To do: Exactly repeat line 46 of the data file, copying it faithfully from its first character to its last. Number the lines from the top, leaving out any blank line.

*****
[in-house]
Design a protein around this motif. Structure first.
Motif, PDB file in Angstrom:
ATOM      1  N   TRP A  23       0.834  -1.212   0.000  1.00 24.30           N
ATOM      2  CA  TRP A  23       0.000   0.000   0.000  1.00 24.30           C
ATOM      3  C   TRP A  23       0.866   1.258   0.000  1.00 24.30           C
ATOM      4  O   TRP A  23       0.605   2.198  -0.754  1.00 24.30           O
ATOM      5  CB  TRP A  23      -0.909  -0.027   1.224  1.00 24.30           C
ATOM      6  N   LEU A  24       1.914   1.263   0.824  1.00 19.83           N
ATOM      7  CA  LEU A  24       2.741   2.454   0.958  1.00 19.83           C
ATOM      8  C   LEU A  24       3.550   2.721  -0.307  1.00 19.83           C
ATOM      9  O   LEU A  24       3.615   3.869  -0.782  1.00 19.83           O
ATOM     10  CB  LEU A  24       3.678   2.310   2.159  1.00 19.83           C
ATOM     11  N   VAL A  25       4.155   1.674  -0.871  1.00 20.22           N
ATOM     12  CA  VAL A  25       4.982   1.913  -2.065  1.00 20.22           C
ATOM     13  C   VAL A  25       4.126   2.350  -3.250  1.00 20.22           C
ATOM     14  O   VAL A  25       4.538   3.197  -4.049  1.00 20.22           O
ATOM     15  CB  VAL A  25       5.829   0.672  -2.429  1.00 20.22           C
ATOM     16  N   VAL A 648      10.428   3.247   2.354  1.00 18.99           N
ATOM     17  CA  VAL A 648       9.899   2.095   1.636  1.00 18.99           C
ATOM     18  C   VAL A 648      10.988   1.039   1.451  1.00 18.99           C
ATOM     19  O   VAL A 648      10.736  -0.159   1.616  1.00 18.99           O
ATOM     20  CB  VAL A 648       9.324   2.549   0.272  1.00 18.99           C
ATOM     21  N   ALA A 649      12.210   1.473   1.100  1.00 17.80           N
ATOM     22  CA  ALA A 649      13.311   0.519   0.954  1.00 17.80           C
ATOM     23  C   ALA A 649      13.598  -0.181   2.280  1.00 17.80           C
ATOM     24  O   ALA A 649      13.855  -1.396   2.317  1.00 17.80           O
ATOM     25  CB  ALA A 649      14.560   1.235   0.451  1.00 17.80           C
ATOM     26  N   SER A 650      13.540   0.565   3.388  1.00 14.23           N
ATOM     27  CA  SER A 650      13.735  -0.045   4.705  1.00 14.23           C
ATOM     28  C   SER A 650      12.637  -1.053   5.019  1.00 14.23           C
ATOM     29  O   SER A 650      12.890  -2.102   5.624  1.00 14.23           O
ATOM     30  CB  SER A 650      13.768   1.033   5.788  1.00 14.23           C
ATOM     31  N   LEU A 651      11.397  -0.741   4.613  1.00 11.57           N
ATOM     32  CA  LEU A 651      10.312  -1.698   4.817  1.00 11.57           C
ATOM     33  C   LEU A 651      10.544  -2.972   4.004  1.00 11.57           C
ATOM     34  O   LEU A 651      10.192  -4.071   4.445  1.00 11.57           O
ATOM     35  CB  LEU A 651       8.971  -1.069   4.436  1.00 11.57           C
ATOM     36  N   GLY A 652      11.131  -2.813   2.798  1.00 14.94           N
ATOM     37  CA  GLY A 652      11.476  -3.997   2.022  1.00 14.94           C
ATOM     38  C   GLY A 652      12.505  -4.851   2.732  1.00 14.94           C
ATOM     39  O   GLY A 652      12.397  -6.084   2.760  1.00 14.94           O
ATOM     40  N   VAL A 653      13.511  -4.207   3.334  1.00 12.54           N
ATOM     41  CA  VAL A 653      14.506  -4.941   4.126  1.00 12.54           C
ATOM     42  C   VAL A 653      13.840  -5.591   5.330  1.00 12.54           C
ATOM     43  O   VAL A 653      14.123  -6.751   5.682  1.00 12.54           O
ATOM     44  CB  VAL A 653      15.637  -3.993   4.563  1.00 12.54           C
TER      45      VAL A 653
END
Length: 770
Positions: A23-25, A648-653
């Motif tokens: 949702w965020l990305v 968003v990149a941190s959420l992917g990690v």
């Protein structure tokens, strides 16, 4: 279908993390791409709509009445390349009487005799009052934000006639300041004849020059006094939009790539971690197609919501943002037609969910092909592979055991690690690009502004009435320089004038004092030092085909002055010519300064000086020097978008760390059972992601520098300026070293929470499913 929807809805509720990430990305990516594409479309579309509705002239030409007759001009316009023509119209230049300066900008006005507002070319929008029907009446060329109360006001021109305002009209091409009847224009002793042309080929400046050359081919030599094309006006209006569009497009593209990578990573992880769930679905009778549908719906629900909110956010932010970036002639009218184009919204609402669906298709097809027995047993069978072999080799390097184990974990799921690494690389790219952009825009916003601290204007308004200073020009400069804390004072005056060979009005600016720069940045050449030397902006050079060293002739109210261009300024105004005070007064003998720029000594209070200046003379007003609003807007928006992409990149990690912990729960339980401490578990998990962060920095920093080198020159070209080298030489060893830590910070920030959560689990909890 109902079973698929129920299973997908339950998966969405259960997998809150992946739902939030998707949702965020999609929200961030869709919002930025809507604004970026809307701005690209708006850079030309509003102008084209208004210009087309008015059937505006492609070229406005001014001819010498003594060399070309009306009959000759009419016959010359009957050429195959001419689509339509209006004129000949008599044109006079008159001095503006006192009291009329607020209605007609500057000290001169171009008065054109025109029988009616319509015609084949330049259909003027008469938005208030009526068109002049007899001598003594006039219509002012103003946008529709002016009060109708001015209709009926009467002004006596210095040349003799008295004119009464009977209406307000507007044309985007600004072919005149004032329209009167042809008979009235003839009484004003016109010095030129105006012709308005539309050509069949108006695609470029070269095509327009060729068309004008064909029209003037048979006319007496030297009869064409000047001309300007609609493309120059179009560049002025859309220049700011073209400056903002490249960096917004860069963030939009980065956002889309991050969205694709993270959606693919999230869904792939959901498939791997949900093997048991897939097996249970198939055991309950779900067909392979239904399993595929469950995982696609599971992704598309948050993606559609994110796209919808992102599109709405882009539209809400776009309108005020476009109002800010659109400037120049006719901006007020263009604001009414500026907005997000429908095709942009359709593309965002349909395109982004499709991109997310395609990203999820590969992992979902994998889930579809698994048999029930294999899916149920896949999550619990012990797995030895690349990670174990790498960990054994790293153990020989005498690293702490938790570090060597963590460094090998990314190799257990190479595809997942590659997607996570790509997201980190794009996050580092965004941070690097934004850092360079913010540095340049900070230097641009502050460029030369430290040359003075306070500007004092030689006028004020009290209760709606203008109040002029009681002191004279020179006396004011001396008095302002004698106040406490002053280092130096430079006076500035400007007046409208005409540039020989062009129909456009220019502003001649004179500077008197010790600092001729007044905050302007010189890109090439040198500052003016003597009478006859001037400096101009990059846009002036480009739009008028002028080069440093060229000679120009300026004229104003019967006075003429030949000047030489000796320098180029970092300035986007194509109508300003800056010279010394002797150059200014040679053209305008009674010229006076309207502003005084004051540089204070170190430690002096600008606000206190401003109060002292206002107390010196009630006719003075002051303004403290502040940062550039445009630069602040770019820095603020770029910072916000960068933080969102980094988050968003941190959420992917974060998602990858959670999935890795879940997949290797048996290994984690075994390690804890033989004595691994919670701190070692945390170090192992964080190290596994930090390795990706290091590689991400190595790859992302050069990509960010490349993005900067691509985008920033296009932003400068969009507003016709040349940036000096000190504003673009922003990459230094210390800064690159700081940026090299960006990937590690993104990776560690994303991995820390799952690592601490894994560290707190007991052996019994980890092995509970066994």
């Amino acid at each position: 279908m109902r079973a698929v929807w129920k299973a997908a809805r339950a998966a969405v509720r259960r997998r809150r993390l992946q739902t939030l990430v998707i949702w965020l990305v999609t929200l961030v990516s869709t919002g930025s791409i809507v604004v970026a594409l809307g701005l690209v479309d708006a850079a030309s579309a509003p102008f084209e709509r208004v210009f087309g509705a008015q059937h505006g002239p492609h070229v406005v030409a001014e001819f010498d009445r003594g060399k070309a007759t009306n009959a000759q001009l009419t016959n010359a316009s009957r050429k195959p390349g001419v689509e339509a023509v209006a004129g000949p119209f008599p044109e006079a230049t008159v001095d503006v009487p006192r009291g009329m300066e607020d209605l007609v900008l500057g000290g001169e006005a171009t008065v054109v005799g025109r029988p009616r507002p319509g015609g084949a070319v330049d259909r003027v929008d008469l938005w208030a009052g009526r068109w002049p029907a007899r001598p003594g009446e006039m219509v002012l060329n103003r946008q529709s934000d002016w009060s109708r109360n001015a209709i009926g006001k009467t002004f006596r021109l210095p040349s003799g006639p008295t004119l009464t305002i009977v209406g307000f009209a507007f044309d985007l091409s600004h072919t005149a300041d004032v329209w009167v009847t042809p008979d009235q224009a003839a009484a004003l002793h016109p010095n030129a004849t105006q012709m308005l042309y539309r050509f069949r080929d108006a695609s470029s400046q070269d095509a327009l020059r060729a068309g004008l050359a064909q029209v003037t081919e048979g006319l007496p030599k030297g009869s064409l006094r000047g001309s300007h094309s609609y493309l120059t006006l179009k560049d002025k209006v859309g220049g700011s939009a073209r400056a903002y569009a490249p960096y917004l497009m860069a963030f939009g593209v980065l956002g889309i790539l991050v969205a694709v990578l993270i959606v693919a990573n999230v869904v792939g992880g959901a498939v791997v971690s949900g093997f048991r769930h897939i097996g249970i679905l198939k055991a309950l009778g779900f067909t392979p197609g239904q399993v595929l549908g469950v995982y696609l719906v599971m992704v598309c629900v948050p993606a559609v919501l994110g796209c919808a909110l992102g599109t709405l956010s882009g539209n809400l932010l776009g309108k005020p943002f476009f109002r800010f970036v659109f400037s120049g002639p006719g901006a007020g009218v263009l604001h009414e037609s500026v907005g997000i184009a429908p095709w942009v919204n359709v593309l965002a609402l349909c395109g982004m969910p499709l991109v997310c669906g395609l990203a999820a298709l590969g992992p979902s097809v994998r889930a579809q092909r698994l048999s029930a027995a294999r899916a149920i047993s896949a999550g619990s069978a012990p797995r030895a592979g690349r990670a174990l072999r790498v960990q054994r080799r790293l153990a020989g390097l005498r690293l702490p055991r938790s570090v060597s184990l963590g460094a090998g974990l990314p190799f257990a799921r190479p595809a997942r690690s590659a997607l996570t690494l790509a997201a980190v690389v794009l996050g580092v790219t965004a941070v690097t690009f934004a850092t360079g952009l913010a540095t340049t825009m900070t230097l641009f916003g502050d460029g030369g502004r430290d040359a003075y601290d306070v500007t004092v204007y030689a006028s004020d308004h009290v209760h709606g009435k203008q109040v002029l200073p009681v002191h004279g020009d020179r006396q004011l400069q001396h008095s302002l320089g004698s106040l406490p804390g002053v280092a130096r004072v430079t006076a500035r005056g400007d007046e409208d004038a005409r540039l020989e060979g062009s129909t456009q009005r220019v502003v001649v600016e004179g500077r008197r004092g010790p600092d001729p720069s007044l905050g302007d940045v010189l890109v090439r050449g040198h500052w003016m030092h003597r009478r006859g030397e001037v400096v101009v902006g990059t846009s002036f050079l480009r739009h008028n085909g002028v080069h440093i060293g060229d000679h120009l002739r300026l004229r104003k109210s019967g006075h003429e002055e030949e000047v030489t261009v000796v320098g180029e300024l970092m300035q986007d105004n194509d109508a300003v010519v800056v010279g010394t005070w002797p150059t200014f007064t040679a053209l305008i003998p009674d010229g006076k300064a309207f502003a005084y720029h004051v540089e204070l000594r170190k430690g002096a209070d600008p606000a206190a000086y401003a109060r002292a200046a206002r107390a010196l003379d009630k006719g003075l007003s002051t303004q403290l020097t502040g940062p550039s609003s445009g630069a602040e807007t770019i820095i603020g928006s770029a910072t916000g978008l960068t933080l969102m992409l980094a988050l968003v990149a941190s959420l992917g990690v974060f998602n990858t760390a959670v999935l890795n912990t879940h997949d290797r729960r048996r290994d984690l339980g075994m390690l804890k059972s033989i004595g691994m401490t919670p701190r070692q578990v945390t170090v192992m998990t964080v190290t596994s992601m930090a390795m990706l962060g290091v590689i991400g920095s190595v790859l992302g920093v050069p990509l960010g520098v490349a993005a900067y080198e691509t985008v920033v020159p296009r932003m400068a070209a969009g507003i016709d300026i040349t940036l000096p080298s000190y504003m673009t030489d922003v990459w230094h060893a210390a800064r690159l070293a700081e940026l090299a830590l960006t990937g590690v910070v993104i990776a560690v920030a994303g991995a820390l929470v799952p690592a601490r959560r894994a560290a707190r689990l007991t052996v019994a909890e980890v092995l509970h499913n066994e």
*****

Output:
ATOM     43  O   VAL A 653      14.123  -6.751   5.682  1.00 12.54           O